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Gift for gab: Schooling fish are chatty

By Leonard Ho - Posted Jan 20, 2016 09:00 AM
Lateral lines alone might not be enough for some fish to maintain schooling behavior. Researchers have found the first direct evidence that fishes talk to each other in order coordinate tight formations.
Gift for gab: Schooling fish are chatty

Photo by Taveuni Palms Resort (C.C. BY)

From the University of Auckland's Institute of Marine Science:

Safety in numbers: fish stick together by communicating

Scientists at the University of Auckland have proved that fish communicate to keep safe from predators in the same way animals such as chimpanzees and elephants do.

The research, from the University’s Institute of Marine Science, led by Master’s student Lucy van Oosterom and including Dr Craig Radford and Professors John Montgomery and Andrew Jeffs, is the first direct evidence that fish communicate to maintain group cohesion.

While scientists have known fish send messages to each other for mating purposes or to defend territory, this is the first time research has proved they also use contact calls to keep together.

A lonesome bigeye
A lonesome bigeye
The research team used captive wild Bigeyes (Pempheris adspersa) in the study, a species commonly found along New Zealand’s north-east coast. Bigeyes are generally nocturnal, retreating to caves during the day and foraging at night in loosely-knit shoals.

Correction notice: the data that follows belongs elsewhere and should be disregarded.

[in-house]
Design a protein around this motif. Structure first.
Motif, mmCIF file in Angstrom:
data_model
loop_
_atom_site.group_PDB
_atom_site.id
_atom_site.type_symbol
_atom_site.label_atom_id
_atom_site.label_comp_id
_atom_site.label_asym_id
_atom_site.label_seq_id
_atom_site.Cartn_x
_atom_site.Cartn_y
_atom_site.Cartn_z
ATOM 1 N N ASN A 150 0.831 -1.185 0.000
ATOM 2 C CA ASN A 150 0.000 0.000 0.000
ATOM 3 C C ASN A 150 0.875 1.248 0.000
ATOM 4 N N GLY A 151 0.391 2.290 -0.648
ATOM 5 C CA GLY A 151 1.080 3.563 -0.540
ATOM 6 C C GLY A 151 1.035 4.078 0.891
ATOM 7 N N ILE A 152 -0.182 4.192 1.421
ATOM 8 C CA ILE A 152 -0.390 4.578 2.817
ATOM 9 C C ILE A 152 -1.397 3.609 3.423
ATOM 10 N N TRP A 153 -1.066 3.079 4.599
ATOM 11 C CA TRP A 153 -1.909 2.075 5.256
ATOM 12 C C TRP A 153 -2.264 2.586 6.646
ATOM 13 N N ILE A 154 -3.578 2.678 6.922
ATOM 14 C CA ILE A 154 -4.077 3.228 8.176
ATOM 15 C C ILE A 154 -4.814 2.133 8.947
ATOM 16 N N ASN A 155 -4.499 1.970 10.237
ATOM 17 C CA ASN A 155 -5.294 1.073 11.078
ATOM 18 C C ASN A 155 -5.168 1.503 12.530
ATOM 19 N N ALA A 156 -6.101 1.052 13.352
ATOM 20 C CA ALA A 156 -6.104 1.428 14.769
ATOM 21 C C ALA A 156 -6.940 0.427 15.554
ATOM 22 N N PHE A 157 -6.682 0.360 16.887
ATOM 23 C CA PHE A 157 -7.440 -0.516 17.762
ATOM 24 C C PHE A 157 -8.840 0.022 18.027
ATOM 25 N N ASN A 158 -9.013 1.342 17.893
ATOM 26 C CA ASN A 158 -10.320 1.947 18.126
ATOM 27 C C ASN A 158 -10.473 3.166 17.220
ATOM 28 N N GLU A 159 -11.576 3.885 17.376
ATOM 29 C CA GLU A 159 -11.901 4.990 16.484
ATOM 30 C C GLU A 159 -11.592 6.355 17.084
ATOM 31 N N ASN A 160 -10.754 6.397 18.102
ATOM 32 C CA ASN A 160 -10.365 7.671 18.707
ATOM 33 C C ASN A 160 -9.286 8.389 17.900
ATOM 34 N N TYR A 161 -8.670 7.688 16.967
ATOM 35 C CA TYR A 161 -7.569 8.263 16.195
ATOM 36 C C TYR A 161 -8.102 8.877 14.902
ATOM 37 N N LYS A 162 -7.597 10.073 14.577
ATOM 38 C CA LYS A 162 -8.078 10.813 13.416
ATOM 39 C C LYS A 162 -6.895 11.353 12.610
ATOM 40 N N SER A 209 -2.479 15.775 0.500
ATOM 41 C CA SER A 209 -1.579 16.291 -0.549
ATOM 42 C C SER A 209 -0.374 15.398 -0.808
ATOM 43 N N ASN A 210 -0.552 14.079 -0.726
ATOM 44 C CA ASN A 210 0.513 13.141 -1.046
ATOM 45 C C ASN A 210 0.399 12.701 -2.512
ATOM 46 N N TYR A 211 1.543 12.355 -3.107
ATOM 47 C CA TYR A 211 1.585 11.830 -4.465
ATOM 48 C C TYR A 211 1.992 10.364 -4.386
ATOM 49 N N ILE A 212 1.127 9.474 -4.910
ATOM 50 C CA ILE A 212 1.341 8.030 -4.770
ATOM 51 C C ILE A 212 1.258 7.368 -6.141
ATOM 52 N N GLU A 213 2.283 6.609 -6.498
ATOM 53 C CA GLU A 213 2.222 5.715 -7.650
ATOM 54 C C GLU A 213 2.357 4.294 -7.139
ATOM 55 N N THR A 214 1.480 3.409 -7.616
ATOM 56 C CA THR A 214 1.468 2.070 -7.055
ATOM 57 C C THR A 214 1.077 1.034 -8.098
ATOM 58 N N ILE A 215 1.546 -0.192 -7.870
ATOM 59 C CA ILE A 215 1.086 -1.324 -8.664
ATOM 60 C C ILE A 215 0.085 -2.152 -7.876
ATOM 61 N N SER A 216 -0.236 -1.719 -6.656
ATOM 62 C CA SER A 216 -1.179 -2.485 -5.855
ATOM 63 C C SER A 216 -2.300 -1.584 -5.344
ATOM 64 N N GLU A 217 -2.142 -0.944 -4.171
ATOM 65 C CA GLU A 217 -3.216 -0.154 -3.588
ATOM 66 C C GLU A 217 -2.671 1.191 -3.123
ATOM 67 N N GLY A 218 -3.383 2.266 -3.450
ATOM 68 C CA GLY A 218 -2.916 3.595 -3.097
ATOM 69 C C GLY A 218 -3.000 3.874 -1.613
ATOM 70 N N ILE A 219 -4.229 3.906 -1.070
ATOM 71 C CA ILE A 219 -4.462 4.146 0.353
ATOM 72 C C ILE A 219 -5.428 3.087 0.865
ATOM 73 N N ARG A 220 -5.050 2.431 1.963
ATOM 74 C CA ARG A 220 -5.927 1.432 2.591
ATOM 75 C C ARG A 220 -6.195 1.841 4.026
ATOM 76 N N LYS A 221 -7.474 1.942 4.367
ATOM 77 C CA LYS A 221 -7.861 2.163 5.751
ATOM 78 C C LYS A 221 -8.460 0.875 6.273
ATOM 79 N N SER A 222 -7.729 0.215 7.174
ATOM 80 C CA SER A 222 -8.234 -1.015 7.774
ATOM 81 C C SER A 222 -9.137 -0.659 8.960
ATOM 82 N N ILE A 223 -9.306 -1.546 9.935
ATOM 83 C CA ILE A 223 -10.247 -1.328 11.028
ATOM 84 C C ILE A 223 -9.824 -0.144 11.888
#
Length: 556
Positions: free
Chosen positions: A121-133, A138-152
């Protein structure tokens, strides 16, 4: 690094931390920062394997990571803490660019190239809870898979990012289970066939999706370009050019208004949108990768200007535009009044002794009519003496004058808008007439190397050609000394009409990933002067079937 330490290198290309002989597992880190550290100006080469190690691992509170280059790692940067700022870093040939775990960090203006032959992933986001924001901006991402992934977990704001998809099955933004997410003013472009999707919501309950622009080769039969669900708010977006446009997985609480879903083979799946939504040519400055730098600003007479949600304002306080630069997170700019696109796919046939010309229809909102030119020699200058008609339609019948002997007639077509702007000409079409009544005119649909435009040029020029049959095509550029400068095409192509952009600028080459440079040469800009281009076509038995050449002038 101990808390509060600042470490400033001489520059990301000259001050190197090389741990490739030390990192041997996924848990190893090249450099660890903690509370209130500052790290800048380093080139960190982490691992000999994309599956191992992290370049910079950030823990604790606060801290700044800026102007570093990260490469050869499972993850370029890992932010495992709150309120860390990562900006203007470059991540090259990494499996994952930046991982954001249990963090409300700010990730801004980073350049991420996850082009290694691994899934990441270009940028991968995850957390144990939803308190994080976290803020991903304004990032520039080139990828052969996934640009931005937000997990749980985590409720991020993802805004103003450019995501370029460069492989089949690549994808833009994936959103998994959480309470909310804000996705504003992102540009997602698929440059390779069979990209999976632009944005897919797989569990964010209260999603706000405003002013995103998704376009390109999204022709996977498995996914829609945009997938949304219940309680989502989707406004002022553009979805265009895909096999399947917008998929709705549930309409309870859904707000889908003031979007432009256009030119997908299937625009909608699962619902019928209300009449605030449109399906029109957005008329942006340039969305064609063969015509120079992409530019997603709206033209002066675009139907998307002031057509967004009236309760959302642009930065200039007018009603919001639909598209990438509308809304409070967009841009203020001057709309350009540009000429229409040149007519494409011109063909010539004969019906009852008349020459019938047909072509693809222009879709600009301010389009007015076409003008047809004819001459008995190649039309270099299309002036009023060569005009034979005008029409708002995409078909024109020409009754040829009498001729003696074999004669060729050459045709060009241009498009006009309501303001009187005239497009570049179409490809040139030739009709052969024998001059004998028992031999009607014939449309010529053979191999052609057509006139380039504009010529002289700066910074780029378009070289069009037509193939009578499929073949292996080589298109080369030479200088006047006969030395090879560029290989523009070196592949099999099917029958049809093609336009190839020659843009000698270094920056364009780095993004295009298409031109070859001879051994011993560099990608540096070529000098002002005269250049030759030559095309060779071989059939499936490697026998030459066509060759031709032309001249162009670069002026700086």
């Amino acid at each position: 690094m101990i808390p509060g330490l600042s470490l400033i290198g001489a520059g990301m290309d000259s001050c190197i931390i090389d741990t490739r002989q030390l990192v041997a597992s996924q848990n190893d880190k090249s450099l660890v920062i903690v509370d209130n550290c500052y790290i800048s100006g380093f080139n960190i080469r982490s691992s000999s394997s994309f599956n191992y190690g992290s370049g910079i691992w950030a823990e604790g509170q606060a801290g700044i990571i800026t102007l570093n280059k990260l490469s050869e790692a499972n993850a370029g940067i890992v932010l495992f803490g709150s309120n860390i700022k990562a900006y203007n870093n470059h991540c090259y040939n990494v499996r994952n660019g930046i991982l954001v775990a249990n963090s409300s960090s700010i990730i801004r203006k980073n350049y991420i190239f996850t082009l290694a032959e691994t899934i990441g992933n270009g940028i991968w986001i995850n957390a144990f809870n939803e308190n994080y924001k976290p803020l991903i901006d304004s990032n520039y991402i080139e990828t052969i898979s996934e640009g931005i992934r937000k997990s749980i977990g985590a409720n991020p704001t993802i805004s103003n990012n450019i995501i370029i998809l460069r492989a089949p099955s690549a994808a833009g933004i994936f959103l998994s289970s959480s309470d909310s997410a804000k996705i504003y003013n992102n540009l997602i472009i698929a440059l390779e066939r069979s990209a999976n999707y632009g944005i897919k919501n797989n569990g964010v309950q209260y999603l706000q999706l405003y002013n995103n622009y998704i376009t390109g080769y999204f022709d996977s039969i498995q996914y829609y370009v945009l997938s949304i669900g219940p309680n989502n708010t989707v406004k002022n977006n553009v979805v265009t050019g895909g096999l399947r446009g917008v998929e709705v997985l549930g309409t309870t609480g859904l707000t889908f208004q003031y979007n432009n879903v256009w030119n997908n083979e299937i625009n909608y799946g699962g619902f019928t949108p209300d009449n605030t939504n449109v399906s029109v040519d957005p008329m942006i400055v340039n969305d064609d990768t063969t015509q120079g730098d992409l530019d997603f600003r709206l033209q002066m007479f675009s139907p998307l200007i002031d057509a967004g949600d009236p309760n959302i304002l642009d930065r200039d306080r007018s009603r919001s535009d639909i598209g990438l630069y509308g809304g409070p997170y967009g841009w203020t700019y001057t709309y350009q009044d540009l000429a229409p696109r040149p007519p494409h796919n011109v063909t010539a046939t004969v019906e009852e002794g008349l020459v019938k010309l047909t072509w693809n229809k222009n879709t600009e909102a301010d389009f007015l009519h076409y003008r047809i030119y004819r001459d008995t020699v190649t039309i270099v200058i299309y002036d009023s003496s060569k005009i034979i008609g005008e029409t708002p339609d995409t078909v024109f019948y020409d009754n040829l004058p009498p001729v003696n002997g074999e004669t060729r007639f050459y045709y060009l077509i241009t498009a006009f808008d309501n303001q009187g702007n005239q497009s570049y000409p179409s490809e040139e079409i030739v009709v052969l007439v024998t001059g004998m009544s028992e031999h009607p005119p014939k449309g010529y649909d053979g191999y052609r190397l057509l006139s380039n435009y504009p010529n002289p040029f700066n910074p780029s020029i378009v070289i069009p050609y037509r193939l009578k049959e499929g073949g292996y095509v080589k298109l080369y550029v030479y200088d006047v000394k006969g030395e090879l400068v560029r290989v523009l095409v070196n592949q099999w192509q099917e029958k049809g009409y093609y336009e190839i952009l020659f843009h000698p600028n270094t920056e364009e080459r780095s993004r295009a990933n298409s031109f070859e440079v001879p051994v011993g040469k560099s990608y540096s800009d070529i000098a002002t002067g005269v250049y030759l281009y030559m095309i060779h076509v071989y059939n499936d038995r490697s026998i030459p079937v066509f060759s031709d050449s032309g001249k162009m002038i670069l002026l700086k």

Previous work by Dr Radford has shown Bigeyes have a distinctive ‘pop’ call with an estimated maximum range of 31.6m. This vocal behaviour, coupled with relatively sensitive hearing organs, led researchers to assume Bigeyes communicated in groups but up to now the evidence has been anecdotal.

Using underwater hydrophones, a GoPro camera and an MP3 player, the researchers collected almost 100 fish from the Leigh coast north of Auckland and put them in saltwater tanks at Leigh Marine Laboratory.

In experiments carried out over five months, they played two types of sound to the captive fish: one of the normal reef environment at Leigh where the fish live, and another recording of Bigeye vocalisations.

When the sound recordings were played, the Bigeyes increased their own calling rates by more than five times in order to maintain contact over and above the background noise. They also swam closer together. When there were no sound, the fish swam further apart.

“This study means that fish are now the oldest vertebrate group in which this behaviour has been observed and that has interesting implications for our understanding of evolutionary behaviour among vertebrates,” Ms van Oosterom says.

You can read the study in Nature Scientific Reports.

Author: Leonard Ho
Location: Southern California

I'm a passionate aquarist of over 30 years, a coral reef lover, and the blog editor for Advanced Aquarist. While aquarium gadgets interest me, it's really livestock (especially fish), artistry of aquariums, and "method behind the madness" processes that captivate my attention.


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